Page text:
1963 the doubts and denials in Conchita, Mari Loli and Jacinta followed a strange line of discontinuity. They appeared and disappeared in a continuous succession of phases. No sooner had the dark and obscure days come, then other days arrived in which they believed they saw everything clearly. What was evident was that they were not, nor could they be, the same girls that they had been in Garabandal during the first stage, in the happy days of the two previous years.
Mari Cruz continued a path of separation and rejection very different from the others. In January, when the crisis of the other three girls came about, she hardened in her attitude and began to say openly that she had never seen anything, that the apparitions were a lie . . .
In her diary's final pages, Conchita writes:
Mari Cruz still continues saying that she hasn't seen the Most Holy Virgin.

As her attitude since then has been so obstinate
and sustained, it is not surprising that this visionary has been particularly utilized by the enemies of Garabandal to discredit it.(3) We cannot then, ignore . . .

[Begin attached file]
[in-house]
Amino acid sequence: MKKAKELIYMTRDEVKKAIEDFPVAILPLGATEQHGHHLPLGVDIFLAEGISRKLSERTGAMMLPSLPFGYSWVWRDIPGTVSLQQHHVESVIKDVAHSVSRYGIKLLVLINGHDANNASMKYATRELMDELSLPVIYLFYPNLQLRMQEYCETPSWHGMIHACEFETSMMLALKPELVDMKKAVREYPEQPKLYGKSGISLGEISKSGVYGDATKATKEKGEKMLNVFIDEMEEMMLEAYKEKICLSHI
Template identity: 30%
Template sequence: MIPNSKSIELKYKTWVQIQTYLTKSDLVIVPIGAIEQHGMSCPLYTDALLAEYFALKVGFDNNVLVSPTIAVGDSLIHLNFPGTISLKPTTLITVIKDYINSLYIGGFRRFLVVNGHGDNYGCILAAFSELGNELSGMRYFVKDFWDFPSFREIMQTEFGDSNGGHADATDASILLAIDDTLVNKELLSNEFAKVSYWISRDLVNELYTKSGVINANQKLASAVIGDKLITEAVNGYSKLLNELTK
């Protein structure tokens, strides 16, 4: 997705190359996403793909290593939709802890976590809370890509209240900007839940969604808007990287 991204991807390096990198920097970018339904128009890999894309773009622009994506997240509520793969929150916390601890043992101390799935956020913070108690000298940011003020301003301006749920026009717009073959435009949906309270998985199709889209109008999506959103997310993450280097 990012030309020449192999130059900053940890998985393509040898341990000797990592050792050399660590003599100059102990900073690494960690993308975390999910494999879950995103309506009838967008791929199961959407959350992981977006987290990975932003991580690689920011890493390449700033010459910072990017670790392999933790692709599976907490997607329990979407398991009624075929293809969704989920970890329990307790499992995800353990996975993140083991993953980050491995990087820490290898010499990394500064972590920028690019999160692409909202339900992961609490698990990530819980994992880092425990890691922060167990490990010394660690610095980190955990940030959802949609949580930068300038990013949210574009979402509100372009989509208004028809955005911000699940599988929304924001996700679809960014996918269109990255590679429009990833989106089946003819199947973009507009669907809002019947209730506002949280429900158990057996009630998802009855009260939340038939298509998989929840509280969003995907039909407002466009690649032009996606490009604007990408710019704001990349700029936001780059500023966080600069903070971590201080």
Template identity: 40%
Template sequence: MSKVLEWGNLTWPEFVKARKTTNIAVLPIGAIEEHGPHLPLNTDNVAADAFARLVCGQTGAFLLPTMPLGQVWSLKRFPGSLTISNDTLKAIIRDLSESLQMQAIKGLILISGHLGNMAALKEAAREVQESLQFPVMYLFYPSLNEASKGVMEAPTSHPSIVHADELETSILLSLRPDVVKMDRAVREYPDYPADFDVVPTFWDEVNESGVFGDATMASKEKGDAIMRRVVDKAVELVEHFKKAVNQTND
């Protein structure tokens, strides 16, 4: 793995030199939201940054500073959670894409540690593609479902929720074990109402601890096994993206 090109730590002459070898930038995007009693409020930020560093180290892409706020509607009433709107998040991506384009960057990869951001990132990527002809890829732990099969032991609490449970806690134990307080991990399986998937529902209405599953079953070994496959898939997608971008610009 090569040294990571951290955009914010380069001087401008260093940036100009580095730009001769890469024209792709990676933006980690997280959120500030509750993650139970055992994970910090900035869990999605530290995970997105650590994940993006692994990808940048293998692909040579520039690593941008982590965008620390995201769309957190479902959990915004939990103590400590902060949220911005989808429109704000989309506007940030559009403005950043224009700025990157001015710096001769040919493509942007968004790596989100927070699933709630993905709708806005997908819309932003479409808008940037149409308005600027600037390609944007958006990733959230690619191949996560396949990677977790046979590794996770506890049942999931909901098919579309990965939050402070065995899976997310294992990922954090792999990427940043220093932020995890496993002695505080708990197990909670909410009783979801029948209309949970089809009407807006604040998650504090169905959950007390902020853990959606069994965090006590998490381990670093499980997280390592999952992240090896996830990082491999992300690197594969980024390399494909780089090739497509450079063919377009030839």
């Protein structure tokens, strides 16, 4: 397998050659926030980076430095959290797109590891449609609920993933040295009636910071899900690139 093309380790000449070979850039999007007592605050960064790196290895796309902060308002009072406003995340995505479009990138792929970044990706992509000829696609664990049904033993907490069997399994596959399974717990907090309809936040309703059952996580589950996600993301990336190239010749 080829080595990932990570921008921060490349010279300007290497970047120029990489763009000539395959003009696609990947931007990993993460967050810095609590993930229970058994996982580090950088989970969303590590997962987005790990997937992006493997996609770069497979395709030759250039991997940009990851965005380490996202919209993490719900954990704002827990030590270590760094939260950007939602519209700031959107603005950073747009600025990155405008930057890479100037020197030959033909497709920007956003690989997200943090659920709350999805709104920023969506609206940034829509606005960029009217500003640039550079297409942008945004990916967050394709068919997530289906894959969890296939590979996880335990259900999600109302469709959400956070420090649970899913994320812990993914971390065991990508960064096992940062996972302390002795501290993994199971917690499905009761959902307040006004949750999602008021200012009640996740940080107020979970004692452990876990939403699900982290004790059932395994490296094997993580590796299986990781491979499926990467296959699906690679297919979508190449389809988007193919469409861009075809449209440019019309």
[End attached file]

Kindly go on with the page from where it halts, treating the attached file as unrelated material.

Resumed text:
1. The letters to the Pifarré family eloquently reflect her sorrow and dismay:

«Dear Asunción: Here I am, loaded down with troubles and problems.» (January 11)
«I received your letter, and writing you caused me tremendous sorrow, not being able to say what I feel . . . It seems to me that nothing here has been from God; I don’t know what it is . . . I already told you in another letter what happened with Loli and Jacinta, that for a long time they didn’t have an apparition. Well, now it’s come about that Conchita for the past eight days isn’t having apparitions either. Do you think the Virgin is going to part without saying anything? The apparition has gone, but they don’t know if she will return. I don’t believe anything. All this is nothing, and there’s no one here who believes . . »
(January 28)

2. We know that this was the Franciscan priest Félix
Larazábal , since Conchita says in a letter to the daughter of Eloísa de la Roza Velarde on March 9th: «He was the one who was here when we were screaming on the feast of Corpus Christi.»
3. A Jesuit priest from a neighboring parish distinguished himself in this; he is now an ex-Jesuit and an ex-priest.